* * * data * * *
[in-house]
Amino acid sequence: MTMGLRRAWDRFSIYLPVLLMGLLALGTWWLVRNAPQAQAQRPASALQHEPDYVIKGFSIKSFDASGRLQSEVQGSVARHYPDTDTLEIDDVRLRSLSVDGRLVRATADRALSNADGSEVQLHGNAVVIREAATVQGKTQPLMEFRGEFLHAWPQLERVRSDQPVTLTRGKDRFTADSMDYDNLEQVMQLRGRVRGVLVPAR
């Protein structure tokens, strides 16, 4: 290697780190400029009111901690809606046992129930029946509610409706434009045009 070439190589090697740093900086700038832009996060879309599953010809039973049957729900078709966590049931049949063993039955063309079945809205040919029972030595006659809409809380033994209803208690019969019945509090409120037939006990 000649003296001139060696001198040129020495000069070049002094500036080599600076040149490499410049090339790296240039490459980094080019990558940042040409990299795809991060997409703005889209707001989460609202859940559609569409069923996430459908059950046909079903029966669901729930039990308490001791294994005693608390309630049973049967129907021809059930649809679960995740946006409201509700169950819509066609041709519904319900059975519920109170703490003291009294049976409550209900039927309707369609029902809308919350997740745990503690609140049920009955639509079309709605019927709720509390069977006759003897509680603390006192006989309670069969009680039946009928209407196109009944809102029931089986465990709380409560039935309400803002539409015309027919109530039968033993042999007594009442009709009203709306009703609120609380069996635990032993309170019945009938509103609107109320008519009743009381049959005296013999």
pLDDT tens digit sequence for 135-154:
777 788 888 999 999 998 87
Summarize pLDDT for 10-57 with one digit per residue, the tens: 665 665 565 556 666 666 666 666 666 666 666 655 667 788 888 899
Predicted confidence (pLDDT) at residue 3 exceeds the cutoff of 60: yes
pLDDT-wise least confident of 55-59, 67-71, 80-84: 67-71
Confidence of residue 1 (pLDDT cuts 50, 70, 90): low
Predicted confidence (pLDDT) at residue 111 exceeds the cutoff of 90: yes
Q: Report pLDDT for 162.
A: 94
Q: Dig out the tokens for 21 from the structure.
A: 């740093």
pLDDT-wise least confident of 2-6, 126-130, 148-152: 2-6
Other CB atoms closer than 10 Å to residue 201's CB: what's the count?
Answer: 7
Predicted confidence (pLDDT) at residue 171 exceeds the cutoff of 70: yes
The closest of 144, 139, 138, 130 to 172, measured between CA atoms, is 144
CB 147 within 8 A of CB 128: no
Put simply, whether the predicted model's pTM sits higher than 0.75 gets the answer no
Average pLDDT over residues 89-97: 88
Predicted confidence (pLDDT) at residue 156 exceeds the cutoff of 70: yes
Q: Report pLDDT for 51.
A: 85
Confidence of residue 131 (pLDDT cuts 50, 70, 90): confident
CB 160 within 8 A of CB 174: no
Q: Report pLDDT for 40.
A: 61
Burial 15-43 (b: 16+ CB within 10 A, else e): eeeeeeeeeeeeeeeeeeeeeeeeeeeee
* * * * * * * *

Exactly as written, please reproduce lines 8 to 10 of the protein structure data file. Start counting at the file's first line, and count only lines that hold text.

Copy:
pLDDT-wise least confident of 55-59, 67-71, 80-84: 67-71
Confidence of residue 1 (pLDDT cuts 50, 70, 90): low
Predicted confidence (pLDDT) at residue 111 exceeds the cutoff of 90: yes